“The Inspector’s General [sic] final report on the JEDI cloud procurement confirms that the Department of Defense conducted the JEDI cloud procurement process fairly and in accordance with law,” a statement from the DoD read. “The IG’s team found that there was no influence by the White House or DoD leadership on the career source selection boards who made the ultimate vendor selection.”

Microsoft welcomed the ruling. In a blog post Jon Palmer, deputy general counsel, noted the ruling that Amazon had been privy to proprietary information, and called for an end to the process.

“A central premise of the federal procurement system is that ‘full and fair competition’ on a ‘level playing field’ means that competitors are asked to make their best bids without knowing what the other has bid or will bid,” wrote Palmer. “They can’t offer a higher price in the hope they’ll win the bid anyway, and then turn around and ask to big again if they lose. Amazon is not asking to be on a level playing field. It’s arguing that the field be tilted in its favour.”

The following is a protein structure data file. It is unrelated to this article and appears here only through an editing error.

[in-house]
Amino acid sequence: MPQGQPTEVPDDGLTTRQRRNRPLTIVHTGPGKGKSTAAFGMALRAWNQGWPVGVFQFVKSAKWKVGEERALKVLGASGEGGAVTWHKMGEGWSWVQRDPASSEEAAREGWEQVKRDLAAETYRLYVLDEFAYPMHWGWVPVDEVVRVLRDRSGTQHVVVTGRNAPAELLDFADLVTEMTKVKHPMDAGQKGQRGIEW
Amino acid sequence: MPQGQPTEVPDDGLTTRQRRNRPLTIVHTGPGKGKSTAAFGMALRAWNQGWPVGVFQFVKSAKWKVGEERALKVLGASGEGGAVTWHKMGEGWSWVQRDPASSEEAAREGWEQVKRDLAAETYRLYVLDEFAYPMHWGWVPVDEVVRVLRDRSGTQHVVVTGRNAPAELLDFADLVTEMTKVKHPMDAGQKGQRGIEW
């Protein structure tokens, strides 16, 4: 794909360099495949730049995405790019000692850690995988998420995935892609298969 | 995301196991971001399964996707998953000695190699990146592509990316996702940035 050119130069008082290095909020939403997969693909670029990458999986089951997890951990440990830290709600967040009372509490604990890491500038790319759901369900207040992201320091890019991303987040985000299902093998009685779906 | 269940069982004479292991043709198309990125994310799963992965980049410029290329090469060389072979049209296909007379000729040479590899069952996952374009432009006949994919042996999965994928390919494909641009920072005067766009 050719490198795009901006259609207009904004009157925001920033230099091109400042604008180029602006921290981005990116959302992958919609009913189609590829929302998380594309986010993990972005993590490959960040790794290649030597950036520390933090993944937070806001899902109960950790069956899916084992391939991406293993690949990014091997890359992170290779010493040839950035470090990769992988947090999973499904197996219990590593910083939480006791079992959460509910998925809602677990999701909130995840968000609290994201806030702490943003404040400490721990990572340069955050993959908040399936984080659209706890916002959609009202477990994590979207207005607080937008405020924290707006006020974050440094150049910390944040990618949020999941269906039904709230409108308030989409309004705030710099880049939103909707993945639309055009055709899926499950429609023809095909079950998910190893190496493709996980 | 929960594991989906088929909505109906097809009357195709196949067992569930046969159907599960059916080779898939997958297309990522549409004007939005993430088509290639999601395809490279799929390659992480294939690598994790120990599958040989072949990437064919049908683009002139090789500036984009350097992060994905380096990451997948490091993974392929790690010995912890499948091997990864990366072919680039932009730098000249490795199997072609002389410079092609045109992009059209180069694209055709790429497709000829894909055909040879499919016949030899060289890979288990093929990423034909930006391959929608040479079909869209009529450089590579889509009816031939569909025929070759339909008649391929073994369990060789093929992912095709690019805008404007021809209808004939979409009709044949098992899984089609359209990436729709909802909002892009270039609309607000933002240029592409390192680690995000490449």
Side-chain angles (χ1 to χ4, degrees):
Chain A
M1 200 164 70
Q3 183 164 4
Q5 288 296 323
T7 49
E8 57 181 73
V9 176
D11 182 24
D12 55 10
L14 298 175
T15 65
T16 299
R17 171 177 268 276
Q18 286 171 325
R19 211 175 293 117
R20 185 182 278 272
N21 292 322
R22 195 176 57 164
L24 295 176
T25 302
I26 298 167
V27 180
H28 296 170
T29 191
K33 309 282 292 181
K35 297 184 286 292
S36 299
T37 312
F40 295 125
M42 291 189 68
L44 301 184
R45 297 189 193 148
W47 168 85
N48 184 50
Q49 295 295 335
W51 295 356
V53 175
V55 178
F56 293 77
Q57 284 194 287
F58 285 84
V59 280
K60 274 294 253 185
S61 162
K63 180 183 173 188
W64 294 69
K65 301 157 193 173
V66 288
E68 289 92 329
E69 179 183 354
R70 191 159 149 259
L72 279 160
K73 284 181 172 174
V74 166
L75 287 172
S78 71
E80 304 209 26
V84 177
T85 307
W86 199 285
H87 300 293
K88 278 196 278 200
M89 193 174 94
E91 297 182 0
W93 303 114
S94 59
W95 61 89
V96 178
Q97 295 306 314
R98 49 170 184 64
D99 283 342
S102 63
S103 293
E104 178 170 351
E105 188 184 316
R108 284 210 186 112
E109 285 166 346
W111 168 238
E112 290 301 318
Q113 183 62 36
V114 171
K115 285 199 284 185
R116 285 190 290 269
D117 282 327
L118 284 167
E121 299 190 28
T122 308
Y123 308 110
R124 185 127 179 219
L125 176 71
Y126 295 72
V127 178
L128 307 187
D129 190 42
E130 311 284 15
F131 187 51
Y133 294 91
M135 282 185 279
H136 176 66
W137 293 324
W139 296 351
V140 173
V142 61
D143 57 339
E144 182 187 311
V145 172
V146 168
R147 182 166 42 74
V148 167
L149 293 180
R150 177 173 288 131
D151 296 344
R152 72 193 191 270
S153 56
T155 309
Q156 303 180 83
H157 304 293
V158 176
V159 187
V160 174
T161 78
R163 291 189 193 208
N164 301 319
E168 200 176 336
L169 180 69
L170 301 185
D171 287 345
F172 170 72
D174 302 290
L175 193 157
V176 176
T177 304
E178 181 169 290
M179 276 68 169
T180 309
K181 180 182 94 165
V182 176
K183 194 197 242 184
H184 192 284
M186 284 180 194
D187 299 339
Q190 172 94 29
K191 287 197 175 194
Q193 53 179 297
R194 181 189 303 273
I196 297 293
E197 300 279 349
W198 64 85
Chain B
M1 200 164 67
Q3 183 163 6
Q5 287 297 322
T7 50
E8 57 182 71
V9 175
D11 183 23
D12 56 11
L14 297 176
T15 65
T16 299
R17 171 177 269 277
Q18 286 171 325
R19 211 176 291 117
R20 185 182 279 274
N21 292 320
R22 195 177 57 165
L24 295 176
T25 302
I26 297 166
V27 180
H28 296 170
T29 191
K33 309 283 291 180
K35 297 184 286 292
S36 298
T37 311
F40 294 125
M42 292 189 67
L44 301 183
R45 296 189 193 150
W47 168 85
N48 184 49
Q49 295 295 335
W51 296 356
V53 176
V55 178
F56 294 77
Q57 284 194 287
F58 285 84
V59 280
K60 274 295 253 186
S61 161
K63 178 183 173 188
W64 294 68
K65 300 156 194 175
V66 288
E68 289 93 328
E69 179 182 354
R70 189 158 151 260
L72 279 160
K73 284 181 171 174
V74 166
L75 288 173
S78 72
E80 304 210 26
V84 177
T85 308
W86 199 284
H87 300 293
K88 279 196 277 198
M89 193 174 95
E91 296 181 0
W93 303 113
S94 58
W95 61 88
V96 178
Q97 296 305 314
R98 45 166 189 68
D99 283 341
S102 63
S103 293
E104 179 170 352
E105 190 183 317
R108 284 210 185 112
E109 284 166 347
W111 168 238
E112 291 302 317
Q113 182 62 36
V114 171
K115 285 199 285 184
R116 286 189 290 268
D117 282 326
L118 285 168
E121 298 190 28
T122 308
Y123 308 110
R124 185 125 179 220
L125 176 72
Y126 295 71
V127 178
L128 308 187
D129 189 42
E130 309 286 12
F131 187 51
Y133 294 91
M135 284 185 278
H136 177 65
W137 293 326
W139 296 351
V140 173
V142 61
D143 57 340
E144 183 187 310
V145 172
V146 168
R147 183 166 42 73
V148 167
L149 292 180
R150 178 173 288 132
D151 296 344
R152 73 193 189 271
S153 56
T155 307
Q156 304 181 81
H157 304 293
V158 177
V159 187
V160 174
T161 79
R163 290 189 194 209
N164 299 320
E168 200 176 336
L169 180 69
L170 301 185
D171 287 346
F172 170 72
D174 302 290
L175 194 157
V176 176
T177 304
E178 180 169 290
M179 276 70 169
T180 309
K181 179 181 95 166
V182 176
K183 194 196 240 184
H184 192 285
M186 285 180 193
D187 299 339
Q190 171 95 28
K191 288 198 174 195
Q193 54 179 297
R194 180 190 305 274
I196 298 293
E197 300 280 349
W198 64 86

Palmer added that Microsoft had ‘invested significant time and engineering resources’ into its products specifically with regard to DoD operations, as well as build native edge devices. “There is a simple explanation for Microsoft’s victory – the strength of our technology, and our willingness to listen to and respond to our potential customers,” he added. “Even if you believe that Amazon may have started as the front runner, it’s clear our team worked hard to catch up and surpass them by investing in our technology and listening to the DoD.”